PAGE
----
In September 1968 Fr. Basil retired and the Reverend Paul Ropitsky was assigned to serve Holy Ascension. It was under the leadership of Fr. Ropitsky that the parish took the shape that it has today.
By 1969, the original rectory was dismantled, and a newly constructed one was dedicated in 1970. Over the next three decades, the outside front of the church and the church hall was remodeled. New stain glass windows and new carpeting was installed. The pews were refurnished and the interior of the church and the domes were repainted and refinished.
An illuminated sign on the north corner of the church grounds was erected, opening our doors to the community. A parking area was also created for parishioners and visitors.
In 2002 the Very Reverend Paul Ropitsky, after many years of faithful service retired and the Reverend Barnabas Fravel was assigned.
The parish began efforts towards parish renewal, re-education, and revitalization, as well as active evangelization and community involvement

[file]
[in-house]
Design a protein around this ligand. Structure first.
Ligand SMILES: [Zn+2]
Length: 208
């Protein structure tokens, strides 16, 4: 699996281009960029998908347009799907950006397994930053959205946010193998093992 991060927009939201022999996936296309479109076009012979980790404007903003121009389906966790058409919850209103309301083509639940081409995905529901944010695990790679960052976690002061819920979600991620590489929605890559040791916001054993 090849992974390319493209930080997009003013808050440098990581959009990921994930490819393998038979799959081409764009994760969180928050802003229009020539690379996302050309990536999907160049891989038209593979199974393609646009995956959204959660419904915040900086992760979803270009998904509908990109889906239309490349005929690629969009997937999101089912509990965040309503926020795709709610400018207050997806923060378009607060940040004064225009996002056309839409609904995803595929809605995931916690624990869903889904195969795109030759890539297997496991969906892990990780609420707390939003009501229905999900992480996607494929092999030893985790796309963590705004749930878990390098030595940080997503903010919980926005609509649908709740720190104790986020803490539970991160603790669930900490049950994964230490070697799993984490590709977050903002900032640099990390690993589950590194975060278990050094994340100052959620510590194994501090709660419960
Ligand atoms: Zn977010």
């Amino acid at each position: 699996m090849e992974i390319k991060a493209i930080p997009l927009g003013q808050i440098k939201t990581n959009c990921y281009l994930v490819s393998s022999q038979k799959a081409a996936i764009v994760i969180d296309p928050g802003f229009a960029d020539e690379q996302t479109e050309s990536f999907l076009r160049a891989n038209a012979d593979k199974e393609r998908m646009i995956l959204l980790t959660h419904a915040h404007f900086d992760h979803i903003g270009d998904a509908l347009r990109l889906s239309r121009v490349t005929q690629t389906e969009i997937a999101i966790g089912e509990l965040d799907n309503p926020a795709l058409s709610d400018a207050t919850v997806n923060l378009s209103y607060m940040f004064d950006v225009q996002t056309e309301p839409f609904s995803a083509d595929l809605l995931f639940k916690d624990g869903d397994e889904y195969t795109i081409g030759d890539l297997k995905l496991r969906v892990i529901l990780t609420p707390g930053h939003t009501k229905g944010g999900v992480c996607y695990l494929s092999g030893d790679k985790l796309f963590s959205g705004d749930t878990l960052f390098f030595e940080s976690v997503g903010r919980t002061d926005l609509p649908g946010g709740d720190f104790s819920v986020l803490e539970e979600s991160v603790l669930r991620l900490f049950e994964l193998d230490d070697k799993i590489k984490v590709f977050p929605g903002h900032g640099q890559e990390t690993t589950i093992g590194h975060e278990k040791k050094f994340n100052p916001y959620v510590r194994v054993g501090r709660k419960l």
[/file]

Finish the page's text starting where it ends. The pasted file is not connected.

The Holy Ascension Orthodox Church, here in Frackville, remains dedicated to and affiliated with the Orthodox Church in AmericaÃÂ³the Diocese of Philadelphia and Eastern Pennsylvania.
Throughout the years, the Holy Ascension Orthodox Church has provided strong support for St. TikhonÃÂs Seminary. The seminary is located within this diocese, and a special bond is evident since seven sons have been educated at St. TikhonÃÂs and have been ordained as priests: Gregory Dudash, John Kuchta, Joseph Martin, Dimitri Rachko, Michael Rachko, John Stefero and James Weremedic.
As we celebrate over 90 years of Orthodoxy now, we recognize that the Lord has blessed His faithful at Holy Ascension Orthodox Church in Frackville. We pray his blessings continue, as we rededicate ourselves to bless His Holy name. We humbly acknowledge the faithful labors of our fore-fathers in establishing this congregation and are aware of their sacrifices, patients, understanding, hard work, and labor by which this House of God became a reality. It is for this we are eternally grateful. It is also with deep reverence and holy awe that we proclaim above all the miracle that the “Lord hath wrought,” and continues to fashion here in Frackville.